Reunion and beach lures man back to Yanchep after four decades away

Tom Lambert (Yanchep). Photo: Martin Kennealey
Tom Lambert (Yanchep). Photo: Martin Kennealey

YANCHEP has grown significantly since the 1970s, but for Tom Lambert it still feels like home despite four decades living away.

Mr Lambert spent his teens in the coastal village in the 1970s when his mother worked in the Yanchep Sun City sales office.

After four decades away, he recently built a house close to the beach and moved back in April.

“I lived in Yanchep during the 1970s from the age of 12 to 17, when I left to join the Australian army,” he said.

“Over the past four decades I have travelled throughout Australia and the world but my heart has always been in Yanchep.

“Some of my fondest boyhood memories relate to my teenage years in Yanchep.

“Back then, the village had only 1500 residents and I was able to make wonderful friends where we would go and enjoy the lagoon.

“When I was 15, I was able to get a job on the crayfishing boats during the school holidays which was also a wonderful experience.

“The 1970s were also an exciting time for Yanchep when Alan Bond transformed the village into his base for the American Cup challenge.

“He also launched the Sun City residential land development which employed my mum at the well-known ‘Star office’.”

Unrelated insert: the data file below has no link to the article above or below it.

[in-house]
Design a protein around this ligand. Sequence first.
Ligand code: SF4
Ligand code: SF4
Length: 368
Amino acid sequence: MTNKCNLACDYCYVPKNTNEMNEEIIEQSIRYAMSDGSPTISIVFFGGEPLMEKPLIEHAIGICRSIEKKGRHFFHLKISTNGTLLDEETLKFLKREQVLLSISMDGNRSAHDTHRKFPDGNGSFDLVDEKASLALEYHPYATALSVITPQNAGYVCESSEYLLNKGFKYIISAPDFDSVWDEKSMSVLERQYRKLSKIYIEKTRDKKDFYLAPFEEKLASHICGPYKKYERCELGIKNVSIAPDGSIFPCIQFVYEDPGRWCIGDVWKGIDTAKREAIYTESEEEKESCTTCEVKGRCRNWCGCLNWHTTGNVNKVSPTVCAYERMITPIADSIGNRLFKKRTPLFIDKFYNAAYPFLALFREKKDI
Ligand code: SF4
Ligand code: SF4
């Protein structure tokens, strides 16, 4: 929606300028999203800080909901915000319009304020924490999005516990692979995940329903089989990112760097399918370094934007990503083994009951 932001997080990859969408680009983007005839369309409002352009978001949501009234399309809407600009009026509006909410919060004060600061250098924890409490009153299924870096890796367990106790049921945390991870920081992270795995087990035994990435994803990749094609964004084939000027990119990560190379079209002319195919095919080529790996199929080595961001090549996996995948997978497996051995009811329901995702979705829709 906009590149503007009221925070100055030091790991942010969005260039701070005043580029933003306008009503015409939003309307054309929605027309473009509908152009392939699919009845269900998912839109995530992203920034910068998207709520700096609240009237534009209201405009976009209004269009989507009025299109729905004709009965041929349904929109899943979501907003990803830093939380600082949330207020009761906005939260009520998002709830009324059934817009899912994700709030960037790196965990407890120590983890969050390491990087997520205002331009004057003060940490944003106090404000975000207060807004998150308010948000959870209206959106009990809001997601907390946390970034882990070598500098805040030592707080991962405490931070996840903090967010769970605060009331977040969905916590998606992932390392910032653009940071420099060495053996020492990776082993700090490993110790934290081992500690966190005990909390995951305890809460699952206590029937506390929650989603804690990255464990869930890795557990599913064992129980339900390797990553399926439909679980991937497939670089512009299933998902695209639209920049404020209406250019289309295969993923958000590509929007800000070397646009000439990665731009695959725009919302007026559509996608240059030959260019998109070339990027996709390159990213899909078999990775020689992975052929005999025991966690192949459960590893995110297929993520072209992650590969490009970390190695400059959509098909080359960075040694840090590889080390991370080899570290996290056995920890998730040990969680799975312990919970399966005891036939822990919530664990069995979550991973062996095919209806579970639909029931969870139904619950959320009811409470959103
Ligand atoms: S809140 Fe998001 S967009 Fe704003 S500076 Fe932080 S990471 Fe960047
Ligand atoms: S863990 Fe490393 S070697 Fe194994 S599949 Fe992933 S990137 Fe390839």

Mr Lambert attended the Yanchep Community School 40th reunion in 2016, which inspired him to move back to the suburb.

“Our community school was originally constructed as a building for the America’s Cup challenge and was later converted by the Department of Education,” he said.

“Wonderful memories of Yanchep flooded back to me at the reunion and this convinced me that Yanchep was the place I wanted to spend the rest of my life.”

His home in Capricorn Beach estate is 600m from the ocean and close to the former Club Capricorn resort, which is being redeveloped as a foreshore park, residential and tourism precinct.

“The outstanding beauty and charm of Yanchep still remains the same after 40 years,” Mr Lambert said.

“The relative peace and quiet in familiar surrounds is relaxing and I can hear the surf at night and kookaburras in the mornings.

“The biggest change would be the scale of suburban sprawl and development in areas that I played as a kid.

“(There is) even a shopping centre here now but that’s progress.”